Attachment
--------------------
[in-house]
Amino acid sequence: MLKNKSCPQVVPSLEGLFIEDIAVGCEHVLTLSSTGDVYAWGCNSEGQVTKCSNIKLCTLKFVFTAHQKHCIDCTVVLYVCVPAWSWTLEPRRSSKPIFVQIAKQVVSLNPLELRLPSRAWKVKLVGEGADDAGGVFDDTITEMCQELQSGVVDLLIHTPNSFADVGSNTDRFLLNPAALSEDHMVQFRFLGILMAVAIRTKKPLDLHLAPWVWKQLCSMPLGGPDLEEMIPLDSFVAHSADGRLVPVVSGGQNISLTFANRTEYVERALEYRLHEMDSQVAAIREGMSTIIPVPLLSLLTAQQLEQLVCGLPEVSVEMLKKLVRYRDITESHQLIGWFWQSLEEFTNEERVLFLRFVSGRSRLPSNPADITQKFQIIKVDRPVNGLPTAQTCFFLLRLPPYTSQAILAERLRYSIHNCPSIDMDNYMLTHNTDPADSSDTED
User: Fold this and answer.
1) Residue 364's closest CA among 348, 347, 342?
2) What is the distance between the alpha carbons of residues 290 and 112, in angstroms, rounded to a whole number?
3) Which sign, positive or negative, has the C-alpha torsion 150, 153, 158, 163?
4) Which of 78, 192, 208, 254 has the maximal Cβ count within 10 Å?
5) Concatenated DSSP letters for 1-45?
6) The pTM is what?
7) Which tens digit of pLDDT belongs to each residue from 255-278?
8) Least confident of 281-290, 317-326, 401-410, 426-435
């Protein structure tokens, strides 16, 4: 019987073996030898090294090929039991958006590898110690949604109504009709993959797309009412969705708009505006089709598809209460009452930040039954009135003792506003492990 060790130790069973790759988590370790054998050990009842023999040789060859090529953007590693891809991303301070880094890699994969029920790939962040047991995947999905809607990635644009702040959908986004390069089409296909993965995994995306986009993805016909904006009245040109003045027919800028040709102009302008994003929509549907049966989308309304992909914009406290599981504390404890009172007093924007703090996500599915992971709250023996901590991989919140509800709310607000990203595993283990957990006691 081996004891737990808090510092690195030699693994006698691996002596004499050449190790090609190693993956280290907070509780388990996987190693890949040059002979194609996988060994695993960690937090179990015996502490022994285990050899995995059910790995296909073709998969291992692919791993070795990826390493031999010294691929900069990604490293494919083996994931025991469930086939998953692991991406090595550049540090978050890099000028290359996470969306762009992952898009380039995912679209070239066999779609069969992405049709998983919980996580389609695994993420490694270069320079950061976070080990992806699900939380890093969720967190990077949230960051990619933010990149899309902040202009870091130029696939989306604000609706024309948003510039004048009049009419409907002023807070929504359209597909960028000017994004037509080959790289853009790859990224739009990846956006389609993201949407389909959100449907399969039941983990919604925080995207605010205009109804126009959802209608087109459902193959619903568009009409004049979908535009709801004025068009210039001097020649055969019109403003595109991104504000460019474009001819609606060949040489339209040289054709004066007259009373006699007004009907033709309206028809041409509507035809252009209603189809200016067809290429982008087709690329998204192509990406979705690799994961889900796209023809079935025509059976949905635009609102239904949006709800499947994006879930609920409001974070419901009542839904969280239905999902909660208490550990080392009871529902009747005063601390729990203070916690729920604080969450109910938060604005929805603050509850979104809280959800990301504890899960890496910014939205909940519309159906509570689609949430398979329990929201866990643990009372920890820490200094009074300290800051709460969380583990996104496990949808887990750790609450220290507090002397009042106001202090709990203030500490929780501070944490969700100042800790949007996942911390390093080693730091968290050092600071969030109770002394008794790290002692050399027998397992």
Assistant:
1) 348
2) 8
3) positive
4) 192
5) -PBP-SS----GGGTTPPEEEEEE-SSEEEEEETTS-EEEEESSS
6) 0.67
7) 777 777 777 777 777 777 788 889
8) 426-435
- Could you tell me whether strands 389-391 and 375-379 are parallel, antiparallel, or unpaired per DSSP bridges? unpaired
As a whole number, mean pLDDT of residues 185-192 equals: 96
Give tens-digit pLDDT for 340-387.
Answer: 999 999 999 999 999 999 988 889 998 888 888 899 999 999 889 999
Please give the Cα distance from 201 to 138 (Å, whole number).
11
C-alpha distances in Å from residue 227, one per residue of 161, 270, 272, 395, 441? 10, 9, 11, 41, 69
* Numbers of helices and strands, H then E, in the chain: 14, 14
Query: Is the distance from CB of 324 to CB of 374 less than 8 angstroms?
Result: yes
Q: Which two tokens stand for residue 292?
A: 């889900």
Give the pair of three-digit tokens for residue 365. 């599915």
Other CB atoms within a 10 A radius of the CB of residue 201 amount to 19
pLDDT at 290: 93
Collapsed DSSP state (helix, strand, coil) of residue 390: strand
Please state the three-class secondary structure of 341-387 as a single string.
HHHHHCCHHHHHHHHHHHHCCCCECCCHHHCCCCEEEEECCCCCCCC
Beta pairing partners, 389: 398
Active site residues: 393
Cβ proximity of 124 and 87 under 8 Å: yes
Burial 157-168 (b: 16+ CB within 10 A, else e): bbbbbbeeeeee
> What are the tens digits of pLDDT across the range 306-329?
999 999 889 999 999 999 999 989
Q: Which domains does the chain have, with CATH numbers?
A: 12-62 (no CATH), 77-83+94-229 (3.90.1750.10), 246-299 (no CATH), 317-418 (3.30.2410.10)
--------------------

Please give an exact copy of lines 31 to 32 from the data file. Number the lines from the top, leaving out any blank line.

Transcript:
Result: yes
Q: Which two tokens stand for residue 292?